Browse on keywords: crop rotation legume fallow replacement
Search results on 01/22/18
7907. Sims, J.R.. 1988. Dryland legume-cereal rotations for the Northern Great Plains-Intermountain region. p. 17-19. IN: S.K. Hilander (ed.). Proc. AERO/MSU Soil Building Cropping Systems Conference, Dec. 1988.
10297. Sims, J.. 1992. Project report, low-input legume/cereal rotations for the Northern Great Plains-Intermountain region.. Dept. of Plant and Soil Sci., Montana State Univ., Bozeman, MT 59717.
Two cycles of the Indianhead lentil green manure/wheat rotation have been completed, using controlled water use management. Wheat yields were greater for the intermediate water use at all sites when compared to all other treatments and both controls. Water use efficiency for legumes was as follows: winter pea > black medic > Cahaba white vetch = sweetclover > Indianhead lentil. Winter peas appear to be more efficient N producers than the lentil. N was apparently still being released from a 1988 plowdown when measured after another 1990 plowdown. Of 19 annual legumes, only Robinson snail medic produced wheat yields superior to fallow and equal to fallow plus 80N. Winter wheat yields from the 1990 large-seeded legume plots were all greater than yields after fallow and slightly less than fallow plus 40N. In on-farm demonstrations with legumes, malting barley quality factors were enhanced by a green manure crop.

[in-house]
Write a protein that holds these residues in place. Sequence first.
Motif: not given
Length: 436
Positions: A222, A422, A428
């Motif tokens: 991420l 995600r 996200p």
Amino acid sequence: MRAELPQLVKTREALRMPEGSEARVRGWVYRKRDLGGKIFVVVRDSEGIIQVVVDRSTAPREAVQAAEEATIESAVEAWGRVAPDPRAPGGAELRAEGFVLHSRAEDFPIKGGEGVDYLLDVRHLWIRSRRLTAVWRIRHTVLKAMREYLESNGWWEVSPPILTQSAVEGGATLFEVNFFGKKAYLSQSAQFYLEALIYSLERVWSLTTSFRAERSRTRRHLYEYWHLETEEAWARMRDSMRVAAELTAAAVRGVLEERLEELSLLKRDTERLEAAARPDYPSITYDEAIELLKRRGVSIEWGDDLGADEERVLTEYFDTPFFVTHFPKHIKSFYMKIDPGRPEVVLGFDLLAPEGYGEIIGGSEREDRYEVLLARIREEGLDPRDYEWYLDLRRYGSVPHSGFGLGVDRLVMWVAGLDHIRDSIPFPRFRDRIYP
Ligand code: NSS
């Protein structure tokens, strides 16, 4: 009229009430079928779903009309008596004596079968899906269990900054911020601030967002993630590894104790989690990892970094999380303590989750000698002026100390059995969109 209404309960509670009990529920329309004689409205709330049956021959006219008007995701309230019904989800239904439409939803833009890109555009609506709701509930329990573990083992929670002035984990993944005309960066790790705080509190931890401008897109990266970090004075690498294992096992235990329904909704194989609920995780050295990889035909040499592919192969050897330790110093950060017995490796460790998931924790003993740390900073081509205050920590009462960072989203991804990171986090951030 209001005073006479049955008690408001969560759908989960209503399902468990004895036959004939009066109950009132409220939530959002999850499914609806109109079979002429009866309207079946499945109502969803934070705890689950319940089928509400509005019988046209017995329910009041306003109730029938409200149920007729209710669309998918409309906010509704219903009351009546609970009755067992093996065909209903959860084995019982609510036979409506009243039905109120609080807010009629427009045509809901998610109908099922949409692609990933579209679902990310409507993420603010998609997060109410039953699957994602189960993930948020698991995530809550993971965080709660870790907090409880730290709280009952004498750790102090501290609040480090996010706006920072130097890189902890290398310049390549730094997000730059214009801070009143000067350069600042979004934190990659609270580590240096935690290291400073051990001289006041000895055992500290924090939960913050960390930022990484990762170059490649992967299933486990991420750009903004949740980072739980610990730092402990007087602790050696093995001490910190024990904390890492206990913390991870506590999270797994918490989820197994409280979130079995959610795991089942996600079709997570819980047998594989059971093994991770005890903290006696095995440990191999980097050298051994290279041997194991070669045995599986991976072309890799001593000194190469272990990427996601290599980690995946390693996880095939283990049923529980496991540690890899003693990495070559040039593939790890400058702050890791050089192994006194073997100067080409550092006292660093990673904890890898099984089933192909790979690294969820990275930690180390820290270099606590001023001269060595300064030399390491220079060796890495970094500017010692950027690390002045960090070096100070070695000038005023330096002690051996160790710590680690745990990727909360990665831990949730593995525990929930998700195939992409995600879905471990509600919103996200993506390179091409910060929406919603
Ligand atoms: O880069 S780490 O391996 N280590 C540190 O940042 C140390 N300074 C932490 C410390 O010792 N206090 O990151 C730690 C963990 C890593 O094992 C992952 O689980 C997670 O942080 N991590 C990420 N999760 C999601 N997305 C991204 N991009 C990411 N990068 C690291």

10786. Biederbeck, V.O.. 1988. Replacing fallow with annual legumes for plowdown or feed.. Proc. Crop diversification in sustainable agriculture systems, Univ. Sask., Saskatoon. p. 46-51.
Saskatchewan researchers tested several legumes as possible fallow replacements. Inoculation greatly improved growth and water use efficiency of the legumes, with an average of 2000 lb/ac dry matter and water use efficiency of 1490 lb H2O/lb DM. Legumes fixed an average of 44 lb N/ac. Chickling vetch performed the best, but since wheat yields were similar after all species, Indianhead lentil proved to be the most economic choice.